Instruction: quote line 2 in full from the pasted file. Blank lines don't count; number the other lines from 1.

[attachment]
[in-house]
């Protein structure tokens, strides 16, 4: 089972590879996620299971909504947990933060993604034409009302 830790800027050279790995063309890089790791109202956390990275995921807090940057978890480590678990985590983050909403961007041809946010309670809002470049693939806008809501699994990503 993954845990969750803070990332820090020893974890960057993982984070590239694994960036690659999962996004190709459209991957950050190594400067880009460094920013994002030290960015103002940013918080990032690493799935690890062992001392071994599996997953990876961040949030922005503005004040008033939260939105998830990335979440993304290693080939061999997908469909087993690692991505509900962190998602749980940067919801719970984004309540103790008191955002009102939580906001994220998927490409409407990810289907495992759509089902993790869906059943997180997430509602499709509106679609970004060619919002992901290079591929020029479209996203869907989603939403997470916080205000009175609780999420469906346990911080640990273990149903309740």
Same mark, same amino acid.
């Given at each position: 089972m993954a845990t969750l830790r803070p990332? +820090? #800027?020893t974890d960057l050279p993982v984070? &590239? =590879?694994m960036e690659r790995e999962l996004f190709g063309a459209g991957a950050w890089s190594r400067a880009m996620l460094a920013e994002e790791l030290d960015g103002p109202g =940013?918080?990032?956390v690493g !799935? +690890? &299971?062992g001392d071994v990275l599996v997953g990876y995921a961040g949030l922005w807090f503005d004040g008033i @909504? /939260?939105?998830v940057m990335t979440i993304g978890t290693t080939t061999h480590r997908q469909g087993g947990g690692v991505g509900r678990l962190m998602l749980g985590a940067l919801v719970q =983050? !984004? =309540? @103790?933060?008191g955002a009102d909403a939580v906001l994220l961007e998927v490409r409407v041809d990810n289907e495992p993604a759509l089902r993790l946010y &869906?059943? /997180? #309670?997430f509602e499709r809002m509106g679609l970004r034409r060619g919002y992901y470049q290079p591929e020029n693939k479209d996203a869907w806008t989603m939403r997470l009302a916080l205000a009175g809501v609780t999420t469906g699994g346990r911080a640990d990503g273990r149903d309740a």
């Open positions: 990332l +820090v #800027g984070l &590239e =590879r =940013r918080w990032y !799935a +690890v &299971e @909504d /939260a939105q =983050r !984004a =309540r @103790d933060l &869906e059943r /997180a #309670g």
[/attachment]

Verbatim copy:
């Protein structure tokens, strides 16, 4: 089972590879996620299971909504947990933060993604034409009302 830790800027050279790995063309890089790791109202956390990275995921807090940057978890480590678990985590983050909403961007041809946010309670809002470049693939806008809501699994990503 993954845990969750803070990332820090020893974890960057993982984070590239694994960036690659999962996004190709459209991957950050190594400067880009460094920013994002030290960015103002940013918080990032690493799935690890062992001392071994599996997953990876961040949030922005503005004040008033939260939105998830990335979440993304290693080939061999997908469909087993690692991505509900962190998602749980940067919801719970984004309540103790008191955002009102939580906001994220998927490409409407990810289907495992759509089902993790869906059943997180997430509602499709509106679609970004060619919002992901290079591929020029479209996203869907989603939403997470916080205000009175609780999420469906346990911080640990273990149903309740």